The Mueller report: No conspiracy, maybe collusion

 

The Mueller report, explained in 500 words

Everything you wanted to know about the Mueller report, but detailed as briefly as possible.

Robert Mueller testifies as FBI director during a hearing before the House Judiciary Committee June 13, 2013, in Washington, DC. 
Alex Wong/Getty Images

Special counsel Robert Mueller released his report Thursday — and it’s nowhere near the “total exoneration” President Donald Trump claims.

The 448-page report is split into two “volumes”: one chronicling the many ties between Trump’s campaign and Russia, and another outlining 10 “episodes” where Mueller said there was potential evidence of obstruction.

Here are the two main findings: First, Mueller found no criminal conspiracy between the president’s team and Moscow. Second, while Mueller declined to recommend charges against Trump, he found several instances where the president tried to influence or shut down the investigation — obstructing justice in all but name.

No conspiracy, maybe collusion

Since Mueller became special counsel in May 2017, talk has centered on possible “collusion” between Trump’s campaign and Russia.

However, “collusion” has no legal definition and isn’t a federal crime. “Conspiracy” is, though, so Mueller looked into whether the Trump campaign purposefully worked with Russia to win the 2016 election.

Mueller didn’t find evidence of that. But he did find several troubling interactions that seem collusion-y. Here are just a few examples:

  • Two Trump campaign officials — Paul Manafort and Rick Gates — provided polling information to a Russian oligarch Gates believed was a “spy” for the Kremlin
  • Trump foreign policy adviser George Papadopoulos, with Trump’s approval, tried to arrange meetings between Trump and Russian President Vladimir Putin
  • Russia tried to hack Hillary Clinton’s office five hours after Trump called on Moscow to find her deleted emails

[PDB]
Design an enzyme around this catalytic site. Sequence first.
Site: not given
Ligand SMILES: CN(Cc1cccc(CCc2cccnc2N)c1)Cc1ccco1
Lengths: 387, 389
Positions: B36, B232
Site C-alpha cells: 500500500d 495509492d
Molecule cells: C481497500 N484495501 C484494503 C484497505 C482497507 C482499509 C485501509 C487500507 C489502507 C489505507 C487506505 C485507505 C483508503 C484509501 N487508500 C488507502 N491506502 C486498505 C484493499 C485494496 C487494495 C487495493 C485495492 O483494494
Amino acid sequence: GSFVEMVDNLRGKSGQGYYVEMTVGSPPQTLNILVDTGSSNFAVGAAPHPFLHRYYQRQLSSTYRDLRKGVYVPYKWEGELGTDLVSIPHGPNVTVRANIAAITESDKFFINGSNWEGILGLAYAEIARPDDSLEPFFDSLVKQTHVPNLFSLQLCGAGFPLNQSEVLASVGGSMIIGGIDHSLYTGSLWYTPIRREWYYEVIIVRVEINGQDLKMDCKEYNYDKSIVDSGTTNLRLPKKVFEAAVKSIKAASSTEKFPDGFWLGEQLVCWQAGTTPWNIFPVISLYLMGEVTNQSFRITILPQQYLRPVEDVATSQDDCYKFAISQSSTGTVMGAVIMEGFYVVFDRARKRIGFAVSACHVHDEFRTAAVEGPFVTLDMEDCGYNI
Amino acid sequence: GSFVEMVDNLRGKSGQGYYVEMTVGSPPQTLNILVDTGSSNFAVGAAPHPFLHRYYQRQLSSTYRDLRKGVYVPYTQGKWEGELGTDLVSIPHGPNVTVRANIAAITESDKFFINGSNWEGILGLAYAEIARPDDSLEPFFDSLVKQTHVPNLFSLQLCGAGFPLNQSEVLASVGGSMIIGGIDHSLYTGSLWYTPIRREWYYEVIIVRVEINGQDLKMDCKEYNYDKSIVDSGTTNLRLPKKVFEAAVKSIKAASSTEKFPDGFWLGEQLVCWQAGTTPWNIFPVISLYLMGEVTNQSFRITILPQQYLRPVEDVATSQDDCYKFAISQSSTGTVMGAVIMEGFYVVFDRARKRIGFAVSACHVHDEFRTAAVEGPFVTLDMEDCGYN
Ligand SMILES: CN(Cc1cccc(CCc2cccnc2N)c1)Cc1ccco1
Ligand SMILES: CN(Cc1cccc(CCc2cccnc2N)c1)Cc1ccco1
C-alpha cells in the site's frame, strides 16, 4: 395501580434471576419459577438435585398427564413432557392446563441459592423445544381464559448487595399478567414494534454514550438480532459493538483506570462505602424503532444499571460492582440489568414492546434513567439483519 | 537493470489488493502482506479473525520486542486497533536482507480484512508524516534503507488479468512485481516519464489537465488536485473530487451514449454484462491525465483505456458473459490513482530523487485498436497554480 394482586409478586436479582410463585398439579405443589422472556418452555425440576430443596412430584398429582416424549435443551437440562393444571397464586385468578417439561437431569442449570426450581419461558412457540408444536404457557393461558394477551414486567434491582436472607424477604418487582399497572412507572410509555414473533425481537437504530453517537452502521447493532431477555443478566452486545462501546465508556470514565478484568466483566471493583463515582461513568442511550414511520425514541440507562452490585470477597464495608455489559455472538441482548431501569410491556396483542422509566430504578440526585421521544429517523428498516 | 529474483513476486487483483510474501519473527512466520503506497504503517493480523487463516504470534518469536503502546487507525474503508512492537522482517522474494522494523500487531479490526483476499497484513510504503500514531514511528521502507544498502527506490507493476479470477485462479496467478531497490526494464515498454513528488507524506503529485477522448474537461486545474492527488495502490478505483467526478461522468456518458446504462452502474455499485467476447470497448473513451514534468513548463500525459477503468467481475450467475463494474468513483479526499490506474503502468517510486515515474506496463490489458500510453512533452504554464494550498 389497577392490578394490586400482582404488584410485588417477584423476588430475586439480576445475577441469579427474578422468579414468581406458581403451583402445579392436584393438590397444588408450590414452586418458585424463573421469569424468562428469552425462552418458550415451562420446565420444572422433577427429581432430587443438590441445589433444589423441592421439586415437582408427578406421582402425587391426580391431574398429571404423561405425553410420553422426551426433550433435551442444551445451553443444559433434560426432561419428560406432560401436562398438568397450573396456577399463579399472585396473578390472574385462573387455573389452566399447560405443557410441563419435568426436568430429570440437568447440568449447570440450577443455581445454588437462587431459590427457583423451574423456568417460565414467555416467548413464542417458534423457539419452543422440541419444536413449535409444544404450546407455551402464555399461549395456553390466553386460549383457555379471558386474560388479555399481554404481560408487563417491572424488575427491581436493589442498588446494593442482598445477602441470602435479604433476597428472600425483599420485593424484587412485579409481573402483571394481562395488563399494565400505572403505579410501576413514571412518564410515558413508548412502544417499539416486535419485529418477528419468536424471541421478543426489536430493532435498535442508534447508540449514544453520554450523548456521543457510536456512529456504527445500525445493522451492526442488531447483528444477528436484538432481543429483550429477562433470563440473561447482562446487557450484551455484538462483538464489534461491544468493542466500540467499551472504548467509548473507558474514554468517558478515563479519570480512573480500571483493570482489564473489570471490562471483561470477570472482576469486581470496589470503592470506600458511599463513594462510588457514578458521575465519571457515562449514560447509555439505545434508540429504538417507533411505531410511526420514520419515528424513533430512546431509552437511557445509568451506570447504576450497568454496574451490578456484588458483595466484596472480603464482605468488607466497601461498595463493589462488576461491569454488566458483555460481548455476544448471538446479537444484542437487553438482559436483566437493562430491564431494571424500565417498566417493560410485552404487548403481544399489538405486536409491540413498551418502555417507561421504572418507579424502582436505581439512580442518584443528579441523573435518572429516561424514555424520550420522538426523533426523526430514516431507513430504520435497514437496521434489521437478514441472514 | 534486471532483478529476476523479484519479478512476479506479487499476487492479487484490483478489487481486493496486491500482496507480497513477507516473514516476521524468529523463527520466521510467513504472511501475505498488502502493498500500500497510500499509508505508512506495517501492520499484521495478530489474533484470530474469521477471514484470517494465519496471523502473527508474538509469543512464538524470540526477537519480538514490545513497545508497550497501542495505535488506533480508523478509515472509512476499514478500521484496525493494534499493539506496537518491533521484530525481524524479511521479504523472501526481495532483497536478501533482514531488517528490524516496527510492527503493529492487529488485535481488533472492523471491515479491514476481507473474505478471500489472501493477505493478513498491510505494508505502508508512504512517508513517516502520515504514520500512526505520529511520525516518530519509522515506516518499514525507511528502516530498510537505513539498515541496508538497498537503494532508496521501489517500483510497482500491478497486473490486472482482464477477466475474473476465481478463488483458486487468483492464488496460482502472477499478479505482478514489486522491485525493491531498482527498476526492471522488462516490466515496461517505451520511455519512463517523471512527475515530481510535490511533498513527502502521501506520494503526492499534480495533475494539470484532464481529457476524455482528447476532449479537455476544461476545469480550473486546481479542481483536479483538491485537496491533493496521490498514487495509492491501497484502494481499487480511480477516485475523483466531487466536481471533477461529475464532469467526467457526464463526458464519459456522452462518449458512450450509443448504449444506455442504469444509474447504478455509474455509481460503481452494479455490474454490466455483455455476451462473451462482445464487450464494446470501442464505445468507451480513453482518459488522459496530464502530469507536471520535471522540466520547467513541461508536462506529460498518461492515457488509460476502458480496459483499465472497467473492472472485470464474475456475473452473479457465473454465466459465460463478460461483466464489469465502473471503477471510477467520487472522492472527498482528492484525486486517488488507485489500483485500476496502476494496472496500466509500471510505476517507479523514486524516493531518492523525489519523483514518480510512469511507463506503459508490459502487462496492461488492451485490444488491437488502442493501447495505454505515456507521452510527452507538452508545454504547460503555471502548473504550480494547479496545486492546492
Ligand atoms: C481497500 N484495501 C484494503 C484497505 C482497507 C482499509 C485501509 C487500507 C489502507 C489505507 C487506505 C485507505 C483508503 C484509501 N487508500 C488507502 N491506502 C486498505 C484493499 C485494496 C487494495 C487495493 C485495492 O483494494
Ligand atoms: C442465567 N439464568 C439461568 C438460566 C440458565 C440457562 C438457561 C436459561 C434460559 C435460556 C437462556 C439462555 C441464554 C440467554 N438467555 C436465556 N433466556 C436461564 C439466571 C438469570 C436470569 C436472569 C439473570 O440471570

The report makes it clear that: 1) the Russian government tried to help Trump win; 2) the Trump campaign was eager to benefit from hackings targeting Democrats; and 3) Trump’s campaign advisers had a lot of troubling ties to Russia.

Possibly obstruction, but no charges

Mueller examined 10 episodes where Trump possibly obstructed justice during the investigation. Some of the most egregious examples:

  • Trump directed White House counsel Don McGahn to fire Mueller, which McGahn refused to do
  • Trump tried to pressure then-Attorney General Jeff Sessions to un-recuse himself and curtail the investigation
  • Trump and his lawyers urged key figures (like Manafort) not to “flip” and attacked those who did flip (like Trump’s former lawyer Michael Cohen)

Mueller purposely avoided coming to a conclusion on whether those individual acts — or the combination of them — qualified as criminal obstruction of justice.

But nowhere did Mueller state that Trump didn’t obstruct justice, either. He wrote, “If we had confidence after a thorough investigation of the facts that the President clearly did not commit obstruction of justice, we would so state.”

Mueller added that Trump’s “efforts to influence the investigation were mostly unsuccessful, but that is largely because the persons who surrounded the President declined to carry out orders or accede to his requests.”

And he noted that “Congress has authority to prohibit a President’s corrupt use of his authority in order to protect the integrity of the administration of justice.”

So it’s up to Congress to decide what to do — which means this is all far from over.

About Ove Svidén

Ove Svidén was born on March 10, 1937 at 12:15 in Stockholm, Sweden. M.Sc., 1960, Aircraft Engineering, KTH, Royal Inst. of Technology, Stockholm. B.A., 1980, Psychology, Education, Politics at Linköping University. Received a Ph.D. 1989, on Scenarios, Dept. Management and Economics, Linköping University. Futures Research 1988-91, Systems Engineering and Consensus Formation Office at Drive Project, DGXIII, Brussels. CEO at ARISEeeig on Road Transport Informatics, 1992-99, Brussels. President, World Peace Foundation from 2001-, Stockholm (www.peace.se).
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